“As far as I’m concerned, you can’t beat a good whodunnit: the twists and turns, the clues and the red herrings, and then, finally, the satisfaction of having everything explained to you in a way that makes you kick yourself because you hadn’t seen it from the start.” page 4
This is the quintessential quote about whodunnits and it expresses exactly how I feel. They’re not just about reading; they’re a game, a puzzle, an experience. My adoration of whodunnits directed me to this novel because it promises, not one, but two whodunnits in a single book. What could be better than that! There has been a lot of buzz around this novel and it even made the list as one of Oprah’s favourites of the year. That said, I typically don’t write about such “High profile” books, mostly because there are about a gazillion reviews out there already – do we really need another? No, but here I go.
I’ll start by saying that I’ve never read an ANTHONY HOROWITZ book in my life until now, but I am still a big fan of his. But, how can that be? Well, this talented man has written and/or created some of my favourite tv shows of all time. He wrote many of the scripts for the first year of “Poirot”, “Midsomer Murders” and “Foyles War.” I am a Canadian but I subscribe to a special channel so I can receive these programs. And isn’t it nice to watch a show where every single character does not look like a Barbie or a Ken Doll – yeah I’m talking about you American tv. When you read this book you will notice that these shows are mentioned often. The title of the book (within the book) is MAGPIE MURDERS but the publisher complains that it sounds too much like MIDSOMER MURDERS. The novel even contains guest stars (yeah guest stars just like tv) with Agatha Christie’s grandson making an appearance in a couple of the chapters.
The novel begins with Susan Ryeland, the editor of a small but successful publishing house, getting cozy with the intention of reading the first transcript of a novel from her most successful writer. Then we are introduced to the novel – Magpie Murders – and the reader is transported to an English Village circa 1955, and an eccentric detective named Atticus Pünd. This is classic English village mystery literature. Just as the detective is about to gather his suspects and announce the murderer – the novel ends because the last chapters are missing. And…the second mystery begins.
This is certainly an homage to Dame Christie and the other writers of the golden age of mysteries. A modern whodunnit in the old style – you know – no tracking people with cell phones or catching the murderer on cctv. All the clues are there so just get comfortable and enjoy the experience- it really is a fun book.
Magpie Murders by Anthony Horowitz, 2016, HarperCollins Publishers, 236 pages
Dr. Ruth Galloway Mystery #9
This is the ninth entry in the Dr. Ruth Galloway mysteries and it is an impressive and multifaceted novel. We were introduced to Ruth, a forensic archeologist, in THE CROSSING PLACES (2009) where she helped the police solve a very perplexing case involving a missing child. Many of the characters, from that first entry, are still a part of Ruth’s world. As an expert on bones, she is frequently asked to assist the police and she often works with DCI Harry Nelson. They have a complicated relationship – — COMPLICATED!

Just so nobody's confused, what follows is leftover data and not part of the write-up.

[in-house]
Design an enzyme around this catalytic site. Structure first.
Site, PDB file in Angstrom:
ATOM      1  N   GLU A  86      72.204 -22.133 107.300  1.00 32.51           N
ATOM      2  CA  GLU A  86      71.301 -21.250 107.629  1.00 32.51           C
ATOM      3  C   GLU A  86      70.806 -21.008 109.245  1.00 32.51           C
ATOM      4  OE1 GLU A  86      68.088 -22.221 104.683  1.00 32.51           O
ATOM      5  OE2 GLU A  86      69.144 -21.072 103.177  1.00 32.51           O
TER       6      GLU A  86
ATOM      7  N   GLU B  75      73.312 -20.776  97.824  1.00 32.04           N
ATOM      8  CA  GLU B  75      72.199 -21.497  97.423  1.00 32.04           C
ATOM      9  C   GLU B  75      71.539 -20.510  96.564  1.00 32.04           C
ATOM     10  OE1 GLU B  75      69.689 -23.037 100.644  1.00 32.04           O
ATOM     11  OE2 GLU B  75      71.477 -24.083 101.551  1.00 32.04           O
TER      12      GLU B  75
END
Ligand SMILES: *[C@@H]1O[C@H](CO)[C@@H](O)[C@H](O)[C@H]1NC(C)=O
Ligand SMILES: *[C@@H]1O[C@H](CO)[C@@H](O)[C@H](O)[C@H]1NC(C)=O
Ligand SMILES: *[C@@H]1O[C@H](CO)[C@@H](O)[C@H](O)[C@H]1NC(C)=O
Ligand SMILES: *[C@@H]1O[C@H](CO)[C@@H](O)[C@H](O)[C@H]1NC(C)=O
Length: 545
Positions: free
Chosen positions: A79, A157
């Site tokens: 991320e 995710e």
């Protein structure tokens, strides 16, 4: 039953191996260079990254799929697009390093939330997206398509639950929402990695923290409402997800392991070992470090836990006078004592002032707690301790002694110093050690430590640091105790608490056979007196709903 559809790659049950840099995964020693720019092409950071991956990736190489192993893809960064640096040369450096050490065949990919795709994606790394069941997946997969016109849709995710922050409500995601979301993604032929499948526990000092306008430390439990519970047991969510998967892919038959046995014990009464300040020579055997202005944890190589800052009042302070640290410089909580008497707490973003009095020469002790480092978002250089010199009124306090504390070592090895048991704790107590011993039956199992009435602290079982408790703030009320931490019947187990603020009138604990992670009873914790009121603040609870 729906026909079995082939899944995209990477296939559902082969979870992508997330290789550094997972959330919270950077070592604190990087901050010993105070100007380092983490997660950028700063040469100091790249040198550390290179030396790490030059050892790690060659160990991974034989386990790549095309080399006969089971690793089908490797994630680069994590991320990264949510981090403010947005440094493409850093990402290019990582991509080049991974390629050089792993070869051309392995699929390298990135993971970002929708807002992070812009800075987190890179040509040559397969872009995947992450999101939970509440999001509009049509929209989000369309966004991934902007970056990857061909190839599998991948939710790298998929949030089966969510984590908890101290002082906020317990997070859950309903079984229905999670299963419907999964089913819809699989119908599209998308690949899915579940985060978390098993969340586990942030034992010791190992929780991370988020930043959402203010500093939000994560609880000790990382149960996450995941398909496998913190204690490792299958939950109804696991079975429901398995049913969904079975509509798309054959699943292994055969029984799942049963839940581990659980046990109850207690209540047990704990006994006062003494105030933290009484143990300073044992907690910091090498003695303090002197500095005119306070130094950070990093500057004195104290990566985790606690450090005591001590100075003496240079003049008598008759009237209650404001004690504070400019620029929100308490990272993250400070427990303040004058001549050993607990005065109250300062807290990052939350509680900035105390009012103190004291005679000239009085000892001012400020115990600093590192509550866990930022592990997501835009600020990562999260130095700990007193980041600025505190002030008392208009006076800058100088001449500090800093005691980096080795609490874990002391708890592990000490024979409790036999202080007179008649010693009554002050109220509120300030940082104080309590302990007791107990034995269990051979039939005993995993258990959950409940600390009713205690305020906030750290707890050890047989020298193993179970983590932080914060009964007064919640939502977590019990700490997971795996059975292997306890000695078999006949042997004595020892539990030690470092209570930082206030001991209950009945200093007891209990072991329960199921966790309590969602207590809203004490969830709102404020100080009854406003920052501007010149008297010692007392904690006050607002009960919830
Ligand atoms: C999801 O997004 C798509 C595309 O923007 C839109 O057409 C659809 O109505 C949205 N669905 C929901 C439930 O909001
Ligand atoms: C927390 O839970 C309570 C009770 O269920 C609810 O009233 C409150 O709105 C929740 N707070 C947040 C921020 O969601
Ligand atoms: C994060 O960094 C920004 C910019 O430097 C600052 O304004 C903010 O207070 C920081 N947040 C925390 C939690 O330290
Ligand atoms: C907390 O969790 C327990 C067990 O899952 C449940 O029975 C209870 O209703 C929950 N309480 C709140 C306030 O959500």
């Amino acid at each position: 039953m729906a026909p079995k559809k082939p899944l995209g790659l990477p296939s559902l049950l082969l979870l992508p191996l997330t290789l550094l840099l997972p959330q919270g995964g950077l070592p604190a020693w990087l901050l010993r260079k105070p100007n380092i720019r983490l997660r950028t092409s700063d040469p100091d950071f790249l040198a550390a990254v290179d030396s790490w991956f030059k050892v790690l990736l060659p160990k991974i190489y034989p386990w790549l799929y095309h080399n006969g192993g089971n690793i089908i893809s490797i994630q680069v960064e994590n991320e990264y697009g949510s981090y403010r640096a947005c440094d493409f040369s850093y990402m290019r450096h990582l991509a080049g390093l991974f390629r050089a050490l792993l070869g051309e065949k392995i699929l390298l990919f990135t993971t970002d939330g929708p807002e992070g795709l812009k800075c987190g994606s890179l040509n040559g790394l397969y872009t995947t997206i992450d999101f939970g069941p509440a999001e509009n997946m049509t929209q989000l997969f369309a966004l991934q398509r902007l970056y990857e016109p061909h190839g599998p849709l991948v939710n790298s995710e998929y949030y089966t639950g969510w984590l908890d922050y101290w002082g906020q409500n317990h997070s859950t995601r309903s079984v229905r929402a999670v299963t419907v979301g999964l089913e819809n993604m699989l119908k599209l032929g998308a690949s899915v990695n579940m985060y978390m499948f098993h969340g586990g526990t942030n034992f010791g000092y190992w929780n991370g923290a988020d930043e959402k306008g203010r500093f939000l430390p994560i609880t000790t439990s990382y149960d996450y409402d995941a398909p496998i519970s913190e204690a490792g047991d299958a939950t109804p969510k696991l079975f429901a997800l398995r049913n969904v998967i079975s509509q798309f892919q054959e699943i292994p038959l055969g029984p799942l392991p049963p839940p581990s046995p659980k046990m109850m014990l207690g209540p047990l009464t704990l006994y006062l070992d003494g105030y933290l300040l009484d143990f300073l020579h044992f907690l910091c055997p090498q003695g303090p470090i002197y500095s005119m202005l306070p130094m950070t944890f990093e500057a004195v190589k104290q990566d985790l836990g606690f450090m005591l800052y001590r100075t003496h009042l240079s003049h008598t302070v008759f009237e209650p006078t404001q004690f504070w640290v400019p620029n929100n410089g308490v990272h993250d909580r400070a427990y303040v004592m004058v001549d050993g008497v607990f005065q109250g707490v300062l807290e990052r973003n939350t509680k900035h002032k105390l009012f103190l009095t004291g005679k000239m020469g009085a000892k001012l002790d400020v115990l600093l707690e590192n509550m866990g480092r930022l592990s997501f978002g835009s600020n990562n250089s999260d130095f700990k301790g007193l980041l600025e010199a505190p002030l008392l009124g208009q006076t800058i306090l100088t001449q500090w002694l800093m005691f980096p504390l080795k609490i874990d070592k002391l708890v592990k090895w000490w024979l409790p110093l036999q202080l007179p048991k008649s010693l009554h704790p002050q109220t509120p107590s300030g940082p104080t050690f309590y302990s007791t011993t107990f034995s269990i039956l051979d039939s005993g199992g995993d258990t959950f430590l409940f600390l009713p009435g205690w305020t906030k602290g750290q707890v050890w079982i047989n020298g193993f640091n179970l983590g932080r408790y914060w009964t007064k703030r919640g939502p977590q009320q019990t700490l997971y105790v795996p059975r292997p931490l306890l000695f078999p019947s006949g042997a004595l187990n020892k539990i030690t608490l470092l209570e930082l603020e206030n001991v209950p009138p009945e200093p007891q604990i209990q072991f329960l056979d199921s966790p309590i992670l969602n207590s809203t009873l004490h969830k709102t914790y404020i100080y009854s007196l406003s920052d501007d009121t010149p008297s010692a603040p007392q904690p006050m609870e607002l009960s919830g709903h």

When bones are found in an underground work site, Ruth is enlisted to determine their age. She is horrified to report that the bones look as if they have been boiled and they appear to be modern. The investigation reveals a network of tunnels under the town – perhaps the remnants of old chalk mines.
At the same time, the police have a missing persons case involving a homeless lady but few people take notice until a new case develops where a middle class mother disappears after her school run. Suddenly it’s big news. The themes of underground societies and the plight of the homeless are consistent throughout the novel.
Ruth has some personal issues as well but I won’t discuss them here because it would be a spoiler for readers who want to start the series at book 1 (Crossing Places). I always like to read a series in order, but of course , that is a personal choice. The novel ends with some startling information about one of the characters.
THE CHALK PIT by Elly Griffiths (2017) Houghton Mifflin Harcourt 358 pages
Elly Griffiths has a second series known as the Stephens and Mephesto Mysteries. The third book is available in the U.K. but here (in Canada) we have to wait until September.
This is the seventh book in Ann Cleeves’ delightful Shetland series featuring the dogged detecting skills of Jimmy Perez. I have been a fan of this series since the first book RAVEN BLACK appeared in 2007 and in some ways this book provides some closure from the first book. Magnus Tait, a lonely old man and a suspect in RAVEN BLACK is being buried in the first few pages. We learn that in the intervening years, he had developed some friendships and his last years were not as lonely. It is during his funeral that a landslide sweeps through the cemetery and a nearby croft and exposes the body of a well dressed lady. It is determined that she was murdered before the landslide so Jimmy Perez calls Chief Inspector Willow Reeves to head the investigation. This is a character that has appeared in the last few books and, up until this book, I never cared for her much. I found her irritating and also wrong a lot of the time but in this entry she seems more reasonable (but I don’t think she is a good match for Jimmy.) Jimmy is still grieving for his murdered girlfriend but he is at least open to the idea of a relationship. Well…he is…then he isn’t…then he is….you get the idea.